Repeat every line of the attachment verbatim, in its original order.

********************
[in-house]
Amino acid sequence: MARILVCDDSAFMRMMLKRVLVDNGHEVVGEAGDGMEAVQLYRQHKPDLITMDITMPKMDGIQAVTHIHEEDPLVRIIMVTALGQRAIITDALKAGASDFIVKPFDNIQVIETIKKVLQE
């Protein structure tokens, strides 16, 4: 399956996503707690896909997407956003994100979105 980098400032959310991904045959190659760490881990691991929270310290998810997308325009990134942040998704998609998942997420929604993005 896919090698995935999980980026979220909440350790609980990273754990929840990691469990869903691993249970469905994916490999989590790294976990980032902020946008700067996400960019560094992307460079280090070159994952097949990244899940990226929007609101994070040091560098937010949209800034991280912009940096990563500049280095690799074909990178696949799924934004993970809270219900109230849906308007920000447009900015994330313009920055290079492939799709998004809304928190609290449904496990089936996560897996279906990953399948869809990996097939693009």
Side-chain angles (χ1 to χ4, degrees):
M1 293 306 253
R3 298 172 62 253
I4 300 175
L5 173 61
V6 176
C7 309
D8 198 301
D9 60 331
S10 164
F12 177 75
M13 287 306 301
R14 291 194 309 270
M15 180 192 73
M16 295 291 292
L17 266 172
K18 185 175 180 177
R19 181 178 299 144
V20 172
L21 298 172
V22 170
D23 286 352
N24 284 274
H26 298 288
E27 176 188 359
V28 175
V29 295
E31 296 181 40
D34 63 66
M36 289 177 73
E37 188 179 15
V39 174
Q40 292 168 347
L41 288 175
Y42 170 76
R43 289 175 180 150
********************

[in-house]
Amino acid sequence: MARILVCDDSAFMRMMLKRVLVDNGHEVVGEAGDGMEAVQLYRQHKPDLITMDITMPKMDGIQAVTHIHEEDPLVRIIMVTALGQRAIITDALKAGASDFIVKPFDNIQVIETIKKVLQE
């Protein structure tokens, strides 16, 4: 399956996503707690896909997407956003994100979105 980098400032959310991904045959190659760490881990691991929270310290998810997308325009990134942040998704998609998942997420929604993005 896919090698995935999980980026979220909440350790609980990273754990929840990691469990869903691993249970469905994916490999989590790294976990980032902020946008700067996400960019560094992307460079280090070159994952097949990244899940990226929007609101994070040091560098937010949209800034991280912009940096990563500049280095690799074909990178696949799924934004993970809270219900109230849906308007920000447009900015994330313009920055290079492939799709998004809304928190609290449904496990089936996560897996279906990953399948869809990996097939693009």
Side-chain angles (χ1 to χ4, degrees):
M1 293 306 253
R3 298 172 62 253
I4 300 175
L5 173 61
V6 176
C7 309
D8 198 301
D9 60 331
S10 164
F12 177 75
M13 287 306 301
R14 291 194 309 270
M15 180 192 73
M16 295 291 292
L17 266 172
K18 185 175 180 177
R19 181 178 299 144
V20 172
L21 298 172
V22 170
D23 286 352
N24 284 274
H26 298 288
E27 176 188 359
V28 175
V29 295
E31 296 181 40
D34 63 66
M36 289 177 73
E37 188 179 15
V39 174
Q40 292 168 347
L41 288 175
Y42 170 76
R43 289 175 180 150